Systems thinking is a powerful tool for understanding what’s happening in organisational change.
Here are three insights that can support thinking during periods of change.
- Respect cynicism. Change triggers self-protection which is a healthy response to a threat which has yet to be assessed properly. If you’re encountering cynicism consider the need to increase the safety you or other people feel. If it is one person, seek to understand what triggers and eases this for them. Resist shooting the messenger.
- It is never one person. Often we come into a team environment and the fear or belief that lurks in the corners is that one person is responsible. If you are leading change of any kind, believe and know in your bones that it is never one person that is the cause. Go looking for the patterns in beliefs and behaviours that are supporting whatever is ‘stuck’ and if possible support everyone to make small changes.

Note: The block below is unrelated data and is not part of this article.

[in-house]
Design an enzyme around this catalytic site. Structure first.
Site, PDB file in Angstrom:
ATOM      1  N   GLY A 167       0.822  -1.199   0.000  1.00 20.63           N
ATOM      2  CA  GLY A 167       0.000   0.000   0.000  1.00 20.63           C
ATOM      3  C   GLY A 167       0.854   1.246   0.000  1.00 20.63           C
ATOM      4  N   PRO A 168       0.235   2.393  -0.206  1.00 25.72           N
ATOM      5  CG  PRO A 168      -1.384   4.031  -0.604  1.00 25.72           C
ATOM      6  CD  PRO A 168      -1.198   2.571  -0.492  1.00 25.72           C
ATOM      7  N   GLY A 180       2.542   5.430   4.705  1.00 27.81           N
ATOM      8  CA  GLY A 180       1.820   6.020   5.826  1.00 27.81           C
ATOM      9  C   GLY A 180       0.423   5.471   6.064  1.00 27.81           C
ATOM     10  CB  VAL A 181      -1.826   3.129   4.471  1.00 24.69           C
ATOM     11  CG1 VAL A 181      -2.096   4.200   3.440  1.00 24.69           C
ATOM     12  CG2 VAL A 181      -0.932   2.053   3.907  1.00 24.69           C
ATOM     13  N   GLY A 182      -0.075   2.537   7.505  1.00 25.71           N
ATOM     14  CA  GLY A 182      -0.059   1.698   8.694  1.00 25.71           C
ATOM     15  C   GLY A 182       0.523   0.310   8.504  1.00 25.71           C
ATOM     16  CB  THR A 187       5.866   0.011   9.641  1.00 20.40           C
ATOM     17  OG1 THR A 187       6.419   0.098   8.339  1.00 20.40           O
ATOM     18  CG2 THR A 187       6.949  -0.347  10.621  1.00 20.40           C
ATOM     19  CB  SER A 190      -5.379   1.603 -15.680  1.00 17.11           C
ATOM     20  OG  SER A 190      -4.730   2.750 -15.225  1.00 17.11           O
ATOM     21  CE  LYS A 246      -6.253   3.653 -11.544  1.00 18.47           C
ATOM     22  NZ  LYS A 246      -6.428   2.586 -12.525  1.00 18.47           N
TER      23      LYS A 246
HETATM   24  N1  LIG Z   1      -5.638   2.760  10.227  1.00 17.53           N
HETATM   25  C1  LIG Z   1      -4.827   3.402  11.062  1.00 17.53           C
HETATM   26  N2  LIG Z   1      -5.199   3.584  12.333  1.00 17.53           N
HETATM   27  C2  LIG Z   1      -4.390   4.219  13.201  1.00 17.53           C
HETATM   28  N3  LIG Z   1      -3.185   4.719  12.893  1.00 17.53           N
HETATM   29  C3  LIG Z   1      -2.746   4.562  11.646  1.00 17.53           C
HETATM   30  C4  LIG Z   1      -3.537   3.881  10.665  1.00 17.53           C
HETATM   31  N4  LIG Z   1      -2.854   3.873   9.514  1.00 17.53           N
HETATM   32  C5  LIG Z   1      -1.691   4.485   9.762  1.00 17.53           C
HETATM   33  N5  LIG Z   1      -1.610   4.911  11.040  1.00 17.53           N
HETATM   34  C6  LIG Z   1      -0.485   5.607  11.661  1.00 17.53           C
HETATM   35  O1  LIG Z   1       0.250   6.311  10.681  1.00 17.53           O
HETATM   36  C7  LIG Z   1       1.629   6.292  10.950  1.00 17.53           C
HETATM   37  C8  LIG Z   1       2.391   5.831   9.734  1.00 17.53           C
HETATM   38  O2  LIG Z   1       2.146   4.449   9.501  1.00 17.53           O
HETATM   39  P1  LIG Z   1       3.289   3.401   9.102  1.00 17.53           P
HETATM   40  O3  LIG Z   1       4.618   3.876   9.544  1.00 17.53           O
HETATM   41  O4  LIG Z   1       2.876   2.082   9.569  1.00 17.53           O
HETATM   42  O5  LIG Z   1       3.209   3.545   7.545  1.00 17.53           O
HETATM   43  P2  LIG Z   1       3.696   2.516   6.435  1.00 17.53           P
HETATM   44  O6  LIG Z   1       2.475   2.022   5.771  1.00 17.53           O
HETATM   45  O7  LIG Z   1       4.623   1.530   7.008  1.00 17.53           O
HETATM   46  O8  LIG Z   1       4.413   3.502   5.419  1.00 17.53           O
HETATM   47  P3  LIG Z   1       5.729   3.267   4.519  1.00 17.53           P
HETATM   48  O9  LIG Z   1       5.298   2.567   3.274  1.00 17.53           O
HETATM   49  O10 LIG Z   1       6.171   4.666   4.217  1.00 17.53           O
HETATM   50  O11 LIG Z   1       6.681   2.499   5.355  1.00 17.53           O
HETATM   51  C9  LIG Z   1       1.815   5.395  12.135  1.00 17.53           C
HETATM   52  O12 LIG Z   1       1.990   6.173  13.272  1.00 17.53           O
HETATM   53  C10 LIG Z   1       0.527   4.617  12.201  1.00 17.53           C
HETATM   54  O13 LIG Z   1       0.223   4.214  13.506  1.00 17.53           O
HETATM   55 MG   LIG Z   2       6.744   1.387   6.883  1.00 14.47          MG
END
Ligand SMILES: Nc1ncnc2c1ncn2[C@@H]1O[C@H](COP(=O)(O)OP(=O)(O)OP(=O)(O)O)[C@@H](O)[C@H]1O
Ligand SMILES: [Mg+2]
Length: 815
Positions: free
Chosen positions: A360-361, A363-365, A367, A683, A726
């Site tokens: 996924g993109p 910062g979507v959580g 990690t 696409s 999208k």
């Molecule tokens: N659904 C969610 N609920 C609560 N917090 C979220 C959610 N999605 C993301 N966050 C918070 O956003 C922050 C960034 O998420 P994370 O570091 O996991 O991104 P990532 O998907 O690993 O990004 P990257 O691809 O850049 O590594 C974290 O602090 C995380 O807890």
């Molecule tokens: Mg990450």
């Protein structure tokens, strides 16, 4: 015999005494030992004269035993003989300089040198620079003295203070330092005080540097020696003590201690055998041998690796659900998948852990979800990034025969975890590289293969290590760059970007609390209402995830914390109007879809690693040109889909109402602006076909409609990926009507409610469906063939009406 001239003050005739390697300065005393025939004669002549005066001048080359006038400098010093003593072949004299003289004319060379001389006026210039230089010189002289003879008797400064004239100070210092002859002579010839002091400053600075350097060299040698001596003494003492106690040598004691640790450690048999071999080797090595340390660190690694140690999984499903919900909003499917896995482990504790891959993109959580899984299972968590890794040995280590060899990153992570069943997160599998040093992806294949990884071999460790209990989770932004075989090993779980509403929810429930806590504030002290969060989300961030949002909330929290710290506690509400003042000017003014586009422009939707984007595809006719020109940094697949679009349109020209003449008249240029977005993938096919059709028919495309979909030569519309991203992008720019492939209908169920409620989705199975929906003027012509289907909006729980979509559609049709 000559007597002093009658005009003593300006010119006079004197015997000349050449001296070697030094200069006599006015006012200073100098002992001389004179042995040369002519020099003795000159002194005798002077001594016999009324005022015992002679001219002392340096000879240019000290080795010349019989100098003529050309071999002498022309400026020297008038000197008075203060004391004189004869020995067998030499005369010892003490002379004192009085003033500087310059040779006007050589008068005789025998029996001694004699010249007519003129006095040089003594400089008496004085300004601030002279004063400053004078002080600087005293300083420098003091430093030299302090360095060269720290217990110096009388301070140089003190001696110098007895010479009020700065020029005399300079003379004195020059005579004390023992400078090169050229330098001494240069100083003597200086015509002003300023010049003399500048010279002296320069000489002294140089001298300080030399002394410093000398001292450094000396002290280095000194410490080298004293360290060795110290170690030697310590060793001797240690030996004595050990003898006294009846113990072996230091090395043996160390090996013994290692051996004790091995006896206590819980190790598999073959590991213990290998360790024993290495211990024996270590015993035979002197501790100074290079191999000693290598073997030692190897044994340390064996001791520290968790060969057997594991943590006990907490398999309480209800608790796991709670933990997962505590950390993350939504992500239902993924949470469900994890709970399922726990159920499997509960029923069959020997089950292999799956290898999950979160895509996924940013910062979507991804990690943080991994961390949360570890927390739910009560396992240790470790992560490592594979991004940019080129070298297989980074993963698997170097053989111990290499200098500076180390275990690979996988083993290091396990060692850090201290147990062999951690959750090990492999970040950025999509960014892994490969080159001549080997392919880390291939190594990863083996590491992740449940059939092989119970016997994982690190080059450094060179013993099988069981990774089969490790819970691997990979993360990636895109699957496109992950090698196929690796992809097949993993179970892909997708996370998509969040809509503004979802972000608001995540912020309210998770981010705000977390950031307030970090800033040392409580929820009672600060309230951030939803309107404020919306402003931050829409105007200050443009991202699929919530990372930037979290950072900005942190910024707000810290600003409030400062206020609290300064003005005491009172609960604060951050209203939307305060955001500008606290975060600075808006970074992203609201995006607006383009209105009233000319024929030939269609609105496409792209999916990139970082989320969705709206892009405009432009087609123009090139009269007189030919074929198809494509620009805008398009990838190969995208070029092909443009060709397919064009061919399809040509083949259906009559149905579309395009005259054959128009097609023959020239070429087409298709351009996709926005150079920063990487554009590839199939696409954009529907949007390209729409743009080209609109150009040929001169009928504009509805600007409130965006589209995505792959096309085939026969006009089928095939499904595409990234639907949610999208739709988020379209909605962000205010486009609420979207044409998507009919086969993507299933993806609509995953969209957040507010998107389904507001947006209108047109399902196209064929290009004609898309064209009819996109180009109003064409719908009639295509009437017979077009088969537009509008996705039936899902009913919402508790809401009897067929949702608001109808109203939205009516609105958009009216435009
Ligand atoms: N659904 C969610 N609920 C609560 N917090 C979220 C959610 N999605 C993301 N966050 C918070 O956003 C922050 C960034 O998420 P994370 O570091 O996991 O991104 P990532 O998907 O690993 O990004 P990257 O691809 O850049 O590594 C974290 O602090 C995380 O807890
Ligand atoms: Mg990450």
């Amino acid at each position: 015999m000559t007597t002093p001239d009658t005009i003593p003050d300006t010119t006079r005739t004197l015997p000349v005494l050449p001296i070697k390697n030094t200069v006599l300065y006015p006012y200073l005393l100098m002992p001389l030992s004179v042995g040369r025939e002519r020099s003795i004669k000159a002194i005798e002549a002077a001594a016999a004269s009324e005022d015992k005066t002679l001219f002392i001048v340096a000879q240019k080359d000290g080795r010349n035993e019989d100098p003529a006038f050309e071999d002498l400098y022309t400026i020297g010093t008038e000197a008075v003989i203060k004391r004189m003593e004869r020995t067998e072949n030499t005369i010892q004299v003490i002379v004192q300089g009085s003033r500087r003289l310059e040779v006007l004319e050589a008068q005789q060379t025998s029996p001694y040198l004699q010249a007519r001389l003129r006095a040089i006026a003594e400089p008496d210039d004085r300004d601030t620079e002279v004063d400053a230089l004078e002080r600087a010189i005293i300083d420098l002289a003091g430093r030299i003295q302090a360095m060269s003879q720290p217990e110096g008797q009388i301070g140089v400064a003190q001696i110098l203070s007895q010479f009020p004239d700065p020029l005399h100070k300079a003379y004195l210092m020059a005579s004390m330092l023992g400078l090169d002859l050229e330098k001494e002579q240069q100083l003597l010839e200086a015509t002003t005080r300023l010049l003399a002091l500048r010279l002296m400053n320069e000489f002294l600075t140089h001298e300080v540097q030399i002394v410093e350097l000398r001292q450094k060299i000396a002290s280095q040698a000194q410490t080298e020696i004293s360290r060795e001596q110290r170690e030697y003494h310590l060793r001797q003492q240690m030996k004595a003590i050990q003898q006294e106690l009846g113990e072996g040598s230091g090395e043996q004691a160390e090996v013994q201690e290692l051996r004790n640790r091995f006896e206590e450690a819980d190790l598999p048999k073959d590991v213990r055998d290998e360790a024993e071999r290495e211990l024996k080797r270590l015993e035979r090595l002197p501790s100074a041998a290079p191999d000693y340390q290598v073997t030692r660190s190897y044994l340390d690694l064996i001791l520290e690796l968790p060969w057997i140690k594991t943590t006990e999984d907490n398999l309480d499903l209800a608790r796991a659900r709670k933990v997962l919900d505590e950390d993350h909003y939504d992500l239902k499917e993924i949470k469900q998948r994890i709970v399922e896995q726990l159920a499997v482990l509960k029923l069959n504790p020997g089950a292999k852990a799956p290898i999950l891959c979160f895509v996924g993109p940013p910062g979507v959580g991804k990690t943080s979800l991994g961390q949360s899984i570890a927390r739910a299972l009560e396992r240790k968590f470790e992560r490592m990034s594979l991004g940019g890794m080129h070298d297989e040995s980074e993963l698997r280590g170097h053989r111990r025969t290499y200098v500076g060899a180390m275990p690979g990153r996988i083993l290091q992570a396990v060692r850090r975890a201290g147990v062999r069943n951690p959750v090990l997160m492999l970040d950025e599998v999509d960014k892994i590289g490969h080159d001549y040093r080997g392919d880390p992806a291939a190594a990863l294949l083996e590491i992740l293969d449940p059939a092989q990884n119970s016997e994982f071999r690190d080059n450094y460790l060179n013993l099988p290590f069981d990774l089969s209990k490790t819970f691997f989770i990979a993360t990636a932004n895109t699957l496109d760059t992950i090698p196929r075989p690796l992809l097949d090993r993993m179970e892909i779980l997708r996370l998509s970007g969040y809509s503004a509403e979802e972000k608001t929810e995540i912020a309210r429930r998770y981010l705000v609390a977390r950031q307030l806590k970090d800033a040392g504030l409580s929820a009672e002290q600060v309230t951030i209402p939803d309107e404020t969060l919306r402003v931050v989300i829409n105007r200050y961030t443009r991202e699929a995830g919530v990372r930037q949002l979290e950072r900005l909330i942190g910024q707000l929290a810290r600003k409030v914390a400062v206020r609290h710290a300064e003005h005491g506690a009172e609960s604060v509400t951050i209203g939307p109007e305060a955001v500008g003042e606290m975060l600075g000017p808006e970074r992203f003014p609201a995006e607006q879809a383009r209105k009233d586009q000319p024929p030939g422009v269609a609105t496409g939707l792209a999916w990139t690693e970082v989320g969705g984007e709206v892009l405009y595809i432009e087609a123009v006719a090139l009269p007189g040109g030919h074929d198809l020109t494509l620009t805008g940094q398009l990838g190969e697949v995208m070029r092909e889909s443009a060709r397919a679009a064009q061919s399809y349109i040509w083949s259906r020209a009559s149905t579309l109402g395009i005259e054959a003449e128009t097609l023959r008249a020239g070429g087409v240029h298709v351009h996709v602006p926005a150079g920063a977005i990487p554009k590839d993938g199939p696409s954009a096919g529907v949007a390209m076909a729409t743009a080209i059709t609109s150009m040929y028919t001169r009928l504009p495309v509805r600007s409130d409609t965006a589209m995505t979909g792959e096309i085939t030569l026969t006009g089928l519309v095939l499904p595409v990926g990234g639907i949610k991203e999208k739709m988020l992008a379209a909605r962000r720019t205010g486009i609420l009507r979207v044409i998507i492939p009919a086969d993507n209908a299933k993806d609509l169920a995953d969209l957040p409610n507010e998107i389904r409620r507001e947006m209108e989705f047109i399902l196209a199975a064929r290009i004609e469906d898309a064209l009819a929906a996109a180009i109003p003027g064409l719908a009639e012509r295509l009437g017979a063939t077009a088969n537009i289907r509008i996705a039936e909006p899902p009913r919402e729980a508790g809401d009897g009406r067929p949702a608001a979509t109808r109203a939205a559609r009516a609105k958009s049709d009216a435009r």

- The role of the system. If people are behaving in a certain consistent way, which is perhaps unhelpful, then there are a network of systems, structures and processes which are serving to sustain the status quo. There are seen and unseen forces at play because people are not unlike plants. When you are managing change, attend to both supporting the plant and changing the conditions it lives in. Attend to both and you will be both more effective and kinder.